Ford Escort Mk3 (1980 – 1990) Review

Ford Escort Mk3 (1980 – 1990) At A Glance

+Simple and stylish, a cheap classic car, not a bad handler

-Rough engines, poor ride, frail interior trim, solid shells are worth more to XR/RS enthusiasts

Following hot on the heels of the Fiesta, Ford’s 1980 Escort, codenamed ‘Erika’ during development, was a front-wheel drive move into the 1980s, banishing the old RWD saloons, and facing the Volkswagen Golf sector with an up-to-the-minute hatchback contender.

New CVH engines, built in Wales, chiseled styling masterminded by Uwe Bahnsen incorporating a stylish tailgate ‘bustle’ irreversably broke the link with Mk2, creating a new car that was modern in its appeal. In order not to scare off the older-school Escort clientele, who loved its simplicity, the new car was marketed as 'Simple is Efficient'. It worked - once the Cortina was out of the way, to be replaced by the Sierra, the Mk3 Escort became the UK's best selling car.

Offered with 1.1-litre Valencia engine, as well as new 1.3- and 1.6-litre CVHs, as well as in the usual wide range of trim options. 'Cooking' Escorts suffered from all manner of ride and damping issues, but these problems were soon ironed out, even if the car ended up not handling as well as it might as a consequence, especially considering independent rear suspension. Facelifted in 1986 (and sometimes referred to as the Mk4) with a softened nose and tail, as well as the option of ABS - but by this time, it had been overtaken by most of its rivals.

Four-door Orion version was added in 1983 - some say, to plug the gap left by the Cortina. It sold well to conservative buyers. Full body range consisted of three- and five-door hatchbacks, three- and five-door estates, van, cabriolet, and four-door saloon.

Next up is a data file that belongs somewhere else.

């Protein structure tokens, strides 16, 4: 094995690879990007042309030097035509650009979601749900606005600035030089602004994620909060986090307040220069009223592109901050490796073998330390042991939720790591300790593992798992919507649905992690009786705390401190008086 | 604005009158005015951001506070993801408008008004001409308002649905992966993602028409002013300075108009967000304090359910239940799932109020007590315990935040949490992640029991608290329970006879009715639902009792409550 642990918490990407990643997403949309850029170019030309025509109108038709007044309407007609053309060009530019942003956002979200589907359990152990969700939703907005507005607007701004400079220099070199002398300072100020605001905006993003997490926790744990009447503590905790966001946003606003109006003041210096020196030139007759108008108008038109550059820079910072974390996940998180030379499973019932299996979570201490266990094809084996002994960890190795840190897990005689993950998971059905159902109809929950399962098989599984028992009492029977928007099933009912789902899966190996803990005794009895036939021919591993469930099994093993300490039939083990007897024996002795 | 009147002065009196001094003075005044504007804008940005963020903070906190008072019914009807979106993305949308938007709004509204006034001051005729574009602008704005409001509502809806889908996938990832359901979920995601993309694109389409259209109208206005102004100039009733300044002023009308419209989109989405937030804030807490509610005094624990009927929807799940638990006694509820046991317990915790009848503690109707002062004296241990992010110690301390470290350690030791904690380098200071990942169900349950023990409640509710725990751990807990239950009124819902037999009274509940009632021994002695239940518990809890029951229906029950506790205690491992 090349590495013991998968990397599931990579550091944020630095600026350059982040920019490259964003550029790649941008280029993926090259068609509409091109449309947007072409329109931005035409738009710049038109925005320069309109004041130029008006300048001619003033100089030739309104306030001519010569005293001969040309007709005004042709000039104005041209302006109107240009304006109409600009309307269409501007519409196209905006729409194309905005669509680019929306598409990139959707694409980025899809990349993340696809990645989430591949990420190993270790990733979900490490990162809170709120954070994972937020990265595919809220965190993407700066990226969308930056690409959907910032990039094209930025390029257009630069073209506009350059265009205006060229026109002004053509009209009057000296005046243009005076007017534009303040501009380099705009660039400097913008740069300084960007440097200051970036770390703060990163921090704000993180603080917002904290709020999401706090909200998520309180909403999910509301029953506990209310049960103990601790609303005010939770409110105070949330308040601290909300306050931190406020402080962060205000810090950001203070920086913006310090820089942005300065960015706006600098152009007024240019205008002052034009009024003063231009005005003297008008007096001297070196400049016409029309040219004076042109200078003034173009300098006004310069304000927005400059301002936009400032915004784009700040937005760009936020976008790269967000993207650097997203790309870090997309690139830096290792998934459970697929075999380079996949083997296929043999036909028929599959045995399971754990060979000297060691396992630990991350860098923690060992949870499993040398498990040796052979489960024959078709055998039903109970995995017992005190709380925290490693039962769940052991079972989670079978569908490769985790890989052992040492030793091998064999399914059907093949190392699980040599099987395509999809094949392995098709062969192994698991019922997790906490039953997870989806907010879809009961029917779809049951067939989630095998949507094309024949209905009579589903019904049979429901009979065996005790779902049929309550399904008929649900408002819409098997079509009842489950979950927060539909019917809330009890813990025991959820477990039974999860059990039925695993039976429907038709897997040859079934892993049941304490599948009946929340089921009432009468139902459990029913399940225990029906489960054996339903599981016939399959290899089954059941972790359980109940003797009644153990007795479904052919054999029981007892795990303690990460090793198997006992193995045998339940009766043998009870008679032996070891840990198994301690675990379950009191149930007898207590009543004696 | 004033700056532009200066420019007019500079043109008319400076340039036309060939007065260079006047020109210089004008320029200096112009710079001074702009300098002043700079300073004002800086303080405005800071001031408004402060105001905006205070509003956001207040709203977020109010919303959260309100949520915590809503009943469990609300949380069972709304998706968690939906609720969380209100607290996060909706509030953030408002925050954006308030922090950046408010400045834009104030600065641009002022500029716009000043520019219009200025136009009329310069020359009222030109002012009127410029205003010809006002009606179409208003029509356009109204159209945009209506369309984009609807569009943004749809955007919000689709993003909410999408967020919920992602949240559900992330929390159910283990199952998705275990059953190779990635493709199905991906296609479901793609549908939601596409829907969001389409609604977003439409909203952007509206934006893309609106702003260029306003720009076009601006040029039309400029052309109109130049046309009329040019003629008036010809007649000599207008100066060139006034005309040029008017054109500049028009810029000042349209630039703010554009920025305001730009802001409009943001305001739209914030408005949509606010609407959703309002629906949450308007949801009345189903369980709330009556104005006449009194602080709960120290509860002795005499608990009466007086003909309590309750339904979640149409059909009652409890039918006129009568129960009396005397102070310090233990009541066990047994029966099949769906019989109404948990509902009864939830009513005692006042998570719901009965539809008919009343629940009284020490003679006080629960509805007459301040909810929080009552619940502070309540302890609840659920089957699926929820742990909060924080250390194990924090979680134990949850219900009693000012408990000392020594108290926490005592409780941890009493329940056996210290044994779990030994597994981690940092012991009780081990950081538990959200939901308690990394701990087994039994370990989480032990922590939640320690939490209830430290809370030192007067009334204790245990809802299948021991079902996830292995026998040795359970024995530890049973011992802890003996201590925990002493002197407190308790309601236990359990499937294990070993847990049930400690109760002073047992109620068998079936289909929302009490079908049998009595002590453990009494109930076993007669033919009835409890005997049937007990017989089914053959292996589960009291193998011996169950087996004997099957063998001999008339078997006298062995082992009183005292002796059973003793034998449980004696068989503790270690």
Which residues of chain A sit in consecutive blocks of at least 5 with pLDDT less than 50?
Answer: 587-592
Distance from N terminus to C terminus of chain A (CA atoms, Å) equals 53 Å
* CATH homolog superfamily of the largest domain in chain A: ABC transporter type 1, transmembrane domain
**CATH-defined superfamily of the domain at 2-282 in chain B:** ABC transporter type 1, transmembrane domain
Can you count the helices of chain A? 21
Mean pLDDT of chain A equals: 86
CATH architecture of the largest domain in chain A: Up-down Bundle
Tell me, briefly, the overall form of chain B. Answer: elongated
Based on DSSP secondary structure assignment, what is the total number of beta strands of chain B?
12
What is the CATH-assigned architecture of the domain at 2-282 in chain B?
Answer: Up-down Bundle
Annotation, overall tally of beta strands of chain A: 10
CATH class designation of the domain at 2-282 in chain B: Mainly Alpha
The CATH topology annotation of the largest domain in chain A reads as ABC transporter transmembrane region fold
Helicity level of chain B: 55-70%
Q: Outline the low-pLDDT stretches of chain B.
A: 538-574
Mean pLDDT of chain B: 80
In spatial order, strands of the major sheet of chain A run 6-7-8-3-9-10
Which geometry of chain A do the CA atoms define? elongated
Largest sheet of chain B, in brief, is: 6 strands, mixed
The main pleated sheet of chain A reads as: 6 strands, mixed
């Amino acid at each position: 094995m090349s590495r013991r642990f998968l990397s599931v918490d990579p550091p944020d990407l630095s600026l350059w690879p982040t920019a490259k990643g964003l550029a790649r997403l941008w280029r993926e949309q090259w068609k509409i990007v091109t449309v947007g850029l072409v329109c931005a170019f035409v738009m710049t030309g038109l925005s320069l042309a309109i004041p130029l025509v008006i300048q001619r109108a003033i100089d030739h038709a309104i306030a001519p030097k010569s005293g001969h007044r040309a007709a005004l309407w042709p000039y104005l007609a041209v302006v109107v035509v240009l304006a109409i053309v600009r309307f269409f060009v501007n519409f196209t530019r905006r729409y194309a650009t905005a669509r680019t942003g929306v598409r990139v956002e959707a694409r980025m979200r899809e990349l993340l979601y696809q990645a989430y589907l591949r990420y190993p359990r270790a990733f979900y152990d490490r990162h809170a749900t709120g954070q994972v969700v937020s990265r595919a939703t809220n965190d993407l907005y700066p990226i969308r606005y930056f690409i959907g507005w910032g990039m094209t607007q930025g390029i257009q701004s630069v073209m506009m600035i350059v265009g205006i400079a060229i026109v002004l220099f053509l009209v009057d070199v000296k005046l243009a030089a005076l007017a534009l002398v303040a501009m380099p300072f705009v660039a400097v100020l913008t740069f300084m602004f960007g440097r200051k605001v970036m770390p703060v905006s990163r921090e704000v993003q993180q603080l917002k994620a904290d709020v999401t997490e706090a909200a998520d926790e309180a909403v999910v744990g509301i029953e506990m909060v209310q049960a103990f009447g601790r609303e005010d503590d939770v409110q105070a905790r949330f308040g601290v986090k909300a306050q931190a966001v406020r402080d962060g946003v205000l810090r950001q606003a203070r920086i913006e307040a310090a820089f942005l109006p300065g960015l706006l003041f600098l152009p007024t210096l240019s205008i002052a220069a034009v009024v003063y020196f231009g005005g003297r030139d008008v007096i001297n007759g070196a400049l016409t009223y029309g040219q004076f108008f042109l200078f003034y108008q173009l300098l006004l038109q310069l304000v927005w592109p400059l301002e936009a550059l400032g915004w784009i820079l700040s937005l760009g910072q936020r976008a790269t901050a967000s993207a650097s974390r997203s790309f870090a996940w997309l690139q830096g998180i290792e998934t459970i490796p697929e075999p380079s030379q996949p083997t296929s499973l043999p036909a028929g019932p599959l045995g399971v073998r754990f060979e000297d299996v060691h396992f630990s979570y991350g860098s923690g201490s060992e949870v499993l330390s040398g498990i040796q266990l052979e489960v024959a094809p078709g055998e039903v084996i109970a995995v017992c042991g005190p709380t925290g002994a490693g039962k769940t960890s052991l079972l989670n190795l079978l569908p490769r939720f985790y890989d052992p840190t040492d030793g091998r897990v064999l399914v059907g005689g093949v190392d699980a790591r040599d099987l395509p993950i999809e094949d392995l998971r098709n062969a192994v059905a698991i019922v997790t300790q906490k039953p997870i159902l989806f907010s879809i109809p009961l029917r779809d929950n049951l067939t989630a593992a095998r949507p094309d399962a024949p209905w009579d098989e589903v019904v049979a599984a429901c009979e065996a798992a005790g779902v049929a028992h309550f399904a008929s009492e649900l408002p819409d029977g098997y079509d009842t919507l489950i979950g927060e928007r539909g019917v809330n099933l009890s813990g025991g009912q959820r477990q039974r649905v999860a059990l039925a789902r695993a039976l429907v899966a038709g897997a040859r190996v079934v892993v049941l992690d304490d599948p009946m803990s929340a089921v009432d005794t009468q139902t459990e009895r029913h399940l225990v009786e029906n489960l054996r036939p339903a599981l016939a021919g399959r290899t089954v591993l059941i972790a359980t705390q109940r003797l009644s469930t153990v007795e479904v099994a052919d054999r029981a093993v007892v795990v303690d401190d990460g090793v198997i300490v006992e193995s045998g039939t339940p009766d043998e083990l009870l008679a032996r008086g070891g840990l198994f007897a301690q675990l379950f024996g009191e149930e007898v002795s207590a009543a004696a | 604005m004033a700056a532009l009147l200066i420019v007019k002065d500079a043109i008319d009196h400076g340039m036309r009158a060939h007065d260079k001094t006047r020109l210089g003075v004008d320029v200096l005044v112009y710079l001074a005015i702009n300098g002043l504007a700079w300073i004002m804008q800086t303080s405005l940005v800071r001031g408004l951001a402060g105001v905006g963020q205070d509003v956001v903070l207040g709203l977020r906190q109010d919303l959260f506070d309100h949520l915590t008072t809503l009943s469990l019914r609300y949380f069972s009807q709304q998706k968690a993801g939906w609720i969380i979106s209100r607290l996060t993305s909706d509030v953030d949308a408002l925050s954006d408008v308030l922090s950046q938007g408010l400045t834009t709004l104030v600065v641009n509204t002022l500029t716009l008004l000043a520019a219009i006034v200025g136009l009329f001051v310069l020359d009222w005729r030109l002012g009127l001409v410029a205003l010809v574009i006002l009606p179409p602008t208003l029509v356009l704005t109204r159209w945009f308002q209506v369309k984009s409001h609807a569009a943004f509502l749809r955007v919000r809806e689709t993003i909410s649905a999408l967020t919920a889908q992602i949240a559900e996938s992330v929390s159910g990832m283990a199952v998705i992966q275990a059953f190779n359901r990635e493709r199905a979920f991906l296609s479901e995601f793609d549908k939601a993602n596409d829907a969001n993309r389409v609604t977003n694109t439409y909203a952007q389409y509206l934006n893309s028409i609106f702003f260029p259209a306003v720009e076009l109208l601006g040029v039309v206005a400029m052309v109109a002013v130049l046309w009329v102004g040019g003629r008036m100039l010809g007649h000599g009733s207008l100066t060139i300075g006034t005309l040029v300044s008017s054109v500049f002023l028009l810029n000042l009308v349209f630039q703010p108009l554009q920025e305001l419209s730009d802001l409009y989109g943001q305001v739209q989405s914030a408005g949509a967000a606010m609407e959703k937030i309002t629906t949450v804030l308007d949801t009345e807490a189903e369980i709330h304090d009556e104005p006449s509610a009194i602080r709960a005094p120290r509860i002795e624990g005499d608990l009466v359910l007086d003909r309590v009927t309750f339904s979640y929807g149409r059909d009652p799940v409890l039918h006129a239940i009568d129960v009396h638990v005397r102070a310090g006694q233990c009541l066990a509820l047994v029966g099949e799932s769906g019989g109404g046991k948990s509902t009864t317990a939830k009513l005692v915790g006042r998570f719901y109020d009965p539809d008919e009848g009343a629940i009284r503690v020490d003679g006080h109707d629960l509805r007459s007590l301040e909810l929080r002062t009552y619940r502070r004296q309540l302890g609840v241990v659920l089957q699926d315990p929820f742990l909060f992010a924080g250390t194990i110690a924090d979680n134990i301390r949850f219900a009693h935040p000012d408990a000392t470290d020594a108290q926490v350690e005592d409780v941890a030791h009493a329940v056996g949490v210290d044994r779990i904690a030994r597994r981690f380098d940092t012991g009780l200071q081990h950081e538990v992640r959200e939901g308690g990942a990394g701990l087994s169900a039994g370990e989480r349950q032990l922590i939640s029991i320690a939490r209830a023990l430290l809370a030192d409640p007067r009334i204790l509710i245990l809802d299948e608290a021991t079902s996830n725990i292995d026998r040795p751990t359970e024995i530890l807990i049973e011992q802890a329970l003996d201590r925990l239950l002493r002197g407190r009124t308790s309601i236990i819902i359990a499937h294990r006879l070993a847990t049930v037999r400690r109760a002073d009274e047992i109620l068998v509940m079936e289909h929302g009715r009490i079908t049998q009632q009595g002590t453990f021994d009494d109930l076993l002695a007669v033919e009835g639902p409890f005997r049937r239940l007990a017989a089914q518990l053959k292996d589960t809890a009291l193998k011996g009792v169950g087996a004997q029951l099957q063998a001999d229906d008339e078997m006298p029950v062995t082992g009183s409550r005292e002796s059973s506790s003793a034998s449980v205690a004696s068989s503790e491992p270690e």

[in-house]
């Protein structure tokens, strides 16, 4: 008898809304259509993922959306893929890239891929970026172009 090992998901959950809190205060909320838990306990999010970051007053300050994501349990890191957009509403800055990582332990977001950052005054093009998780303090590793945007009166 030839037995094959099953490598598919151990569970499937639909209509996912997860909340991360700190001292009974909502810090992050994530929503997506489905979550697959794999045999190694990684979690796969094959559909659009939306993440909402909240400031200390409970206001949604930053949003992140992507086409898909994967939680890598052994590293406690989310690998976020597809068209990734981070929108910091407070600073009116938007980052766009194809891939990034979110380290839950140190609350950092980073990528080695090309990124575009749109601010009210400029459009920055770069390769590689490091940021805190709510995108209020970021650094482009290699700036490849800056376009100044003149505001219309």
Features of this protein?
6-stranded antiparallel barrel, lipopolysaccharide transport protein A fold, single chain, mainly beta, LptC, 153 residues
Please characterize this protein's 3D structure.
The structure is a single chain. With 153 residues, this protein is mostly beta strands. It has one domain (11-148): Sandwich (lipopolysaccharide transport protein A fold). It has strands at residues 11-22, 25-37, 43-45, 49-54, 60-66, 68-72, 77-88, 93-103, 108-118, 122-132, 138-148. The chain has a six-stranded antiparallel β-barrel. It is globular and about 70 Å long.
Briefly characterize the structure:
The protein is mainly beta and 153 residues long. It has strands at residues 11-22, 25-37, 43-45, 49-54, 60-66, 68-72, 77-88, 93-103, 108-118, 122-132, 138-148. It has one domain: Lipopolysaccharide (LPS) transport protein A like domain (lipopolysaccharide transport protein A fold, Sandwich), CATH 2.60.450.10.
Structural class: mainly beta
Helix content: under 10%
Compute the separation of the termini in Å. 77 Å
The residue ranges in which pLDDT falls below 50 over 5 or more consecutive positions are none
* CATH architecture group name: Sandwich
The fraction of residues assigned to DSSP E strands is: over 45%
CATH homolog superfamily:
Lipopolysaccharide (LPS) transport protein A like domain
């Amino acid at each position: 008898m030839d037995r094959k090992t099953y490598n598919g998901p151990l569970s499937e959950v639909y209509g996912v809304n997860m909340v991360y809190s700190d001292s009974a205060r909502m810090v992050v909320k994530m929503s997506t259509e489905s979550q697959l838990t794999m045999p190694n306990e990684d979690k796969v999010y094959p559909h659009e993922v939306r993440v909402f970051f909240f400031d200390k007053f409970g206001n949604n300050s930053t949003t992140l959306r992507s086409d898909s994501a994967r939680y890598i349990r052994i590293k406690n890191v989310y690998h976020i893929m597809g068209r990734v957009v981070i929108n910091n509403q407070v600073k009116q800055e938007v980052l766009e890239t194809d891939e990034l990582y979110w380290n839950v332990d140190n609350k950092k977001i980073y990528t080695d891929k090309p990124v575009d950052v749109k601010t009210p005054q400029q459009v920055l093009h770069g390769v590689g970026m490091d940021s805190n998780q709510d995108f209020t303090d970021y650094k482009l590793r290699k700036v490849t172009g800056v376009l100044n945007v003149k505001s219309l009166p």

Surprisingly rare now, except in fast XR3 and RS form.

Ask Honest John

How do I insure my Ford Escort XR3i that has had an RS Turbo engine fitted?

"What is the correct way to insure a Ford Escort XR3i which has had an engine from an Escort RS Turbo fitted to it? "
For a car with extensive modifications such as yours, the best option is to go to an insurer that specialises in modified cars. Companies such as these are used to dealing with non-standard cars and they will ask you to outline all the modifications made in order to provide a more accurate valuation and a quote for your insurance premium. It's important to be completely honest in your dealings with the insurers, as any failure to declare modifications can mean your policy is invalid. We would recommend companies such as Performance Direct or Adrian Flux as a good starting point.
Answered by David Ross

How much is my Ford Orion worth?

"I have a B-reg Ford Orion. It has been standing for several years, but is in pretty good condition all things considered and I think should be a fairly straightforward restoration. It was a perfect runner when laid up, but doubtless would need some TLC now. I would like to sell it "as is" and have had interest expressed a couple of times but would appreciate some sort of order of magnitude estimate as to its current value."
The Orion is one of the few cars where 'Ford tax' doesn't seem to apply. As a result, Orions aren't hugely desirable and prices reflect that. You occasionally see 'timewarp' examples advertised for prices north of £3k - but few sell at that. There was a 1988 one-owner example with 46k on the clock that went for £1220 at Morris Leslie in February. Like yours, it had been laid up for a while. So it seems a price of £750-£1150 might be realistic - but have a look at what Orions are currently for sale and price yours accordingly.
Answered by Keith Moody
More Questions

What does a Ford Escort Mk3 (1980 – 1990) cost?